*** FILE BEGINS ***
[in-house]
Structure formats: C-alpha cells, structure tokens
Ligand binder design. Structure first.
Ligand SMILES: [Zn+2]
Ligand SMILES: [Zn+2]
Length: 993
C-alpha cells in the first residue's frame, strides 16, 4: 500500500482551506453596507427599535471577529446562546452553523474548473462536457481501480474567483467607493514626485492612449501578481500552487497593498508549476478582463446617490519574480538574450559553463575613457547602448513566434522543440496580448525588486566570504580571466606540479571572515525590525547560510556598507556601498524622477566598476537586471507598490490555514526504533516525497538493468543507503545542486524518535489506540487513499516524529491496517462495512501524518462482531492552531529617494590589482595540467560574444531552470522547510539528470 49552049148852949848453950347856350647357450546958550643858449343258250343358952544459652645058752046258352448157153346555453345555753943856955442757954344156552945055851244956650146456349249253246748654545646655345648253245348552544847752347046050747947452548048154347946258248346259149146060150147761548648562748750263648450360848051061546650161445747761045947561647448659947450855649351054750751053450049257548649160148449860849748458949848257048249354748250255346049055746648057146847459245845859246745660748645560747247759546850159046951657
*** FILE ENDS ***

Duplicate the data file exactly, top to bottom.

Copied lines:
[in-house]
Structure formats: C-alpha cells, structure tokens
Ligand binder design. Structure first.
Ligand SMILES: [Zn+2]
Ligand SMILES: [Zn+2]
Length: 993
C-alpha cells in the first residue's frame, strides 16, 4: 500500500482551506453596507427599535471577529446562546452553523474548473462536457481501480474567483467607493514626485492612449501578481500552487497593498508549476478582463446617490519574480538574450559553463575613457547602448513566434522543440496580448525588486566570504580571466606540479571572515525590525547560510556598507556601498524622477566598476537586471507598490490555514526504533516525497538493468543507503545542486524518535489506540487513499516524529491496517462495512501524518462482531492552531529617494590589482595540467560574444531552470522547510539528470 49552049148852949848453950347856350647357450546958550643858449343258250343358952544459652645058752046258352448157153346555453345555753943856955442757954344156552945055851244956650146456349249253246748654545646655345648253245348552544847752347046050747947452548048154347946258248346259149146060150147761548648562748750263648450360848051061546650161445747761045947561647448659947450855649351054750751053450049257548649160148449860849748458949848257048249354748250255346049055746648057146847459245845859246745660748645560747247759546850159046951657